Philosophy coffee explores meanings of citizenship

MRINALINI MITRA

Special to The Denisonian

Each year the philosophy department offers everyone the opportunity to enjoy warm coffee and stimulating conversations during the Big Red Weekend. The Big Red Weekend Philosophy Coffee is one of the several discussions held by the department each semester. Topics differ for all the gatherings and are selected by a student committee responsible for holding these events.

All the inquisitive participants of this year’s Big Red Weekend Philosophy Coffee met at Knobel Hall to talk about citizenship in a globalizing world. Amidst affairs like refugee crises, Brexit, terrorism and the coming up elections in November, citizenship is a contentious topic. It was no surprise that the initial problem faced by the group was, “How should we discuss citizenship?” Should they deliberate citizenship from a legal or a moral point of view? And should these views be different? The Friday afternoon was spent raising and attempting to address several such key questions.

“Citizenship should have a moral connotation. You should be responsible to your society” said Angelika Gritzka, a visiting parent. This idea helped the group probe into the issue of how the elite in our societies think of citizenship. Many furthered the popular belief that the rich are not as giving to their fellow countrymen and community as they afford to be.

It was proposed that the wealthy are truly global citizens. Several countries are now luring rich foreigners by selling their country’s passport for influence in the Maltese government. This concept further complicates the idea of citizenship.

The cure for lack of citizen involvement in national affairs was found in the movie Starship Troopers by a participant. Every citizen portrayed in the film served the military of their respective government. Serving the military made the citizens of different galactic governments more patriotic. This was seen as a way of inspiring people to believe that the state is greater than the individual.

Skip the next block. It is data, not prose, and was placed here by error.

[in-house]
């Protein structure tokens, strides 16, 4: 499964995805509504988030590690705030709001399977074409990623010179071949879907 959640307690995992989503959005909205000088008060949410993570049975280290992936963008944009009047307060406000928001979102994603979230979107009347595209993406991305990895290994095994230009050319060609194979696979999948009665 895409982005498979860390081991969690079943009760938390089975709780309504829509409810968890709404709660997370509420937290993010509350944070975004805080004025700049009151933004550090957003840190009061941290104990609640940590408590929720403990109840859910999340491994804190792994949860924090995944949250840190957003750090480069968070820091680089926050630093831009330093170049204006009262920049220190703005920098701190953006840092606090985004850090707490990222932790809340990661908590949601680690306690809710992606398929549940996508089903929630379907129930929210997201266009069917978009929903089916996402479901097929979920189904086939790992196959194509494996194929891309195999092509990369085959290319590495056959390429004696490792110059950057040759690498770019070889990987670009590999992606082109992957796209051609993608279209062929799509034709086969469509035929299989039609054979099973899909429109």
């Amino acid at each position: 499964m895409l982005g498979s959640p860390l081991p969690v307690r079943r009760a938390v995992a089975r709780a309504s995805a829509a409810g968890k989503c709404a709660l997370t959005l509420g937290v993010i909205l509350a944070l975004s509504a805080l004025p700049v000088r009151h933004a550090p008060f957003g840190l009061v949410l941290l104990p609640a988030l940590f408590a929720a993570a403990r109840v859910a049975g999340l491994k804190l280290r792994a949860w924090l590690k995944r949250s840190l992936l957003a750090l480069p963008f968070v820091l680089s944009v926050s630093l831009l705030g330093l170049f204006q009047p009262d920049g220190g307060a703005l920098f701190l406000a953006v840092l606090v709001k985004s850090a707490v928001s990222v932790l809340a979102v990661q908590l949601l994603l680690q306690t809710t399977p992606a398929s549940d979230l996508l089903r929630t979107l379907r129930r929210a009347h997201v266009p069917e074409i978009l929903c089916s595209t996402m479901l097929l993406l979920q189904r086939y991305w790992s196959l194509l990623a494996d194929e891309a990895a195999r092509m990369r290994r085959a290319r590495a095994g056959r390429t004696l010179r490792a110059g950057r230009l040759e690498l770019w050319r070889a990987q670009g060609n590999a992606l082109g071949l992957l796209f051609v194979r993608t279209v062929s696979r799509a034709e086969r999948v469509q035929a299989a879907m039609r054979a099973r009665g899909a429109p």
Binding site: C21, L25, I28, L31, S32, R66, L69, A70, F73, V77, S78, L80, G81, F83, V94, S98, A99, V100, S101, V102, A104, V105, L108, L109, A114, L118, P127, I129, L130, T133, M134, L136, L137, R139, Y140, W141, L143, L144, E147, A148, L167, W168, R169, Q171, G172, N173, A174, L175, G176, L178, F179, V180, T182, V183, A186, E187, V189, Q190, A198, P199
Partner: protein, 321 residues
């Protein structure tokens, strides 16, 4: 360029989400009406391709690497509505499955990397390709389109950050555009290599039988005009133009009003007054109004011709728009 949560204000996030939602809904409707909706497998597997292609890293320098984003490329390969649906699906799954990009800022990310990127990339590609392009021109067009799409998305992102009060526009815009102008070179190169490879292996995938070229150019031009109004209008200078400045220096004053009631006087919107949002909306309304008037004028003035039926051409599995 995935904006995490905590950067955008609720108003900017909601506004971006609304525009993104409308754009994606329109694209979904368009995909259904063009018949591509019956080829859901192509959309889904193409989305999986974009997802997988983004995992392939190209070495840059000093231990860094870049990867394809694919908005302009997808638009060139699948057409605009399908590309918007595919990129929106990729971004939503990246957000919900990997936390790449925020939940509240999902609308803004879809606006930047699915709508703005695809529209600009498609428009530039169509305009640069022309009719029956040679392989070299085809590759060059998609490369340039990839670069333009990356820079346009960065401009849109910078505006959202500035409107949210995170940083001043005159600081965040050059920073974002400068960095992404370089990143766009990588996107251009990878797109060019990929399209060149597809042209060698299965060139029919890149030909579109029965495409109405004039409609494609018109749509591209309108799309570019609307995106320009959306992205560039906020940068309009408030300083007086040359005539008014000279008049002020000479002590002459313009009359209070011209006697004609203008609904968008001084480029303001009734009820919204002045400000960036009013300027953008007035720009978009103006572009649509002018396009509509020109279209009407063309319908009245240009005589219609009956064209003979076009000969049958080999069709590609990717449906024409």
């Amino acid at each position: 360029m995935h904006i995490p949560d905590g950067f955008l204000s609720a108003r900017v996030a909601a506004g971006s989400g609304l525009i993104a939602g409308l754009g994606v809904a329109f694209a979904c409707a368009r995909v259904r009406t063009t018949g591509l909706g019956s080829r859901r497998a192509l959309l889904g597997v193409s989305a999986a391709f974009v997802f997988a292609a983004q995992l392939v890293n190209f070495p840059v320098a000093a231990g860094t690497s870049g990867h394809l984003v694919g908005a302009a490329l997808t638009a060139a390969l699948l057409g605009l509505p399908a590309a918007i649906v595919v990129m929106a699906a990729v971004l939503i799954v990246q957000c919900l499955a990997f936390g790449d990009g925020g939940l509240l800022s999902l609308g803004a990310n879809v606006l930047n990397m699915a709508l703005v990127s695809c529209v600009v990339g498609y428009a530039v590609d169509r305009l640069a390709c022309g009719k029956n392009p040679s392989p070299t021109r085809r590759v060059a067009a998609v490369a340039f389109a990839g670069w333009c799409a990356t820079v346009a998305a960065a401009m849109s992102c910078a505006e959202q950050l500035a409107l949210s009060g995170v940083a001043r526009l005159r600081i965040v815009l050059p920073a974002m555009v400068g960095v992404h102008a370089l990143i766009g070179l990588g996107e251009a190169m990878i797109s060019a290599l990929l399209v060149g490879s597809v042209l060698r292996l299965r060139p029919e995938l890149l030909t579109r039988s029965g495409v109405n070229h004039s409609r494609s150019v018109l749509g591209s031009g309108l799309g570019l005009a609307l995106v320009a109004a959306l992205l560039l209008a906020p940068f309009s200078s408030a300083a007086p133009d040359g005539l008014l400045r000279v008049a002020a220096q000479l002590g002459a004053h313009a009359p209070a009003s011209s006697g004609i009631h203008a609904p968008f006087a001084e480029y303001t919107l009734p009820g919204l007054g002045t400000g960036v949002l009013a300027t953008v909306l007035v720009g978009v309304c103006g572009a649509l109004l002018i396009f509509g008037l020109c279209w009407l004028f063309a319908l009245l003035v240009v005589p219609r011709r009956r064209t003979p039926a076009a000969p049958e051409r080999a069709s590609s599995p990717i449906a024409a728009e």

Steven Zaris, a visiting parent, said that the event was “illuminating and confusing,” while Jake Ryan ‘19 said, “Engaging in the quest for finding answers was illuminating.” Though the discussion failed to reach any conclusions, it raised questions and inspired ideas for the further discussion on the topic.

However, it is not the conclusion or the discussions that are the only fascinating things about these events. It is the level of engagement they attract. The attendees were so involved and enthusiastic to put forward their views and engage in respectful debate.

“It is a good intellectual occasion. It attracts a nice collection of students and parents each year,” professor Anthony Lisska remarked.

The Philosophy Coffee offers people the opportunity to engage in similar thought provoking questions several times each semester, be on the lookout for notifications on the upcoming events from the philosophy department.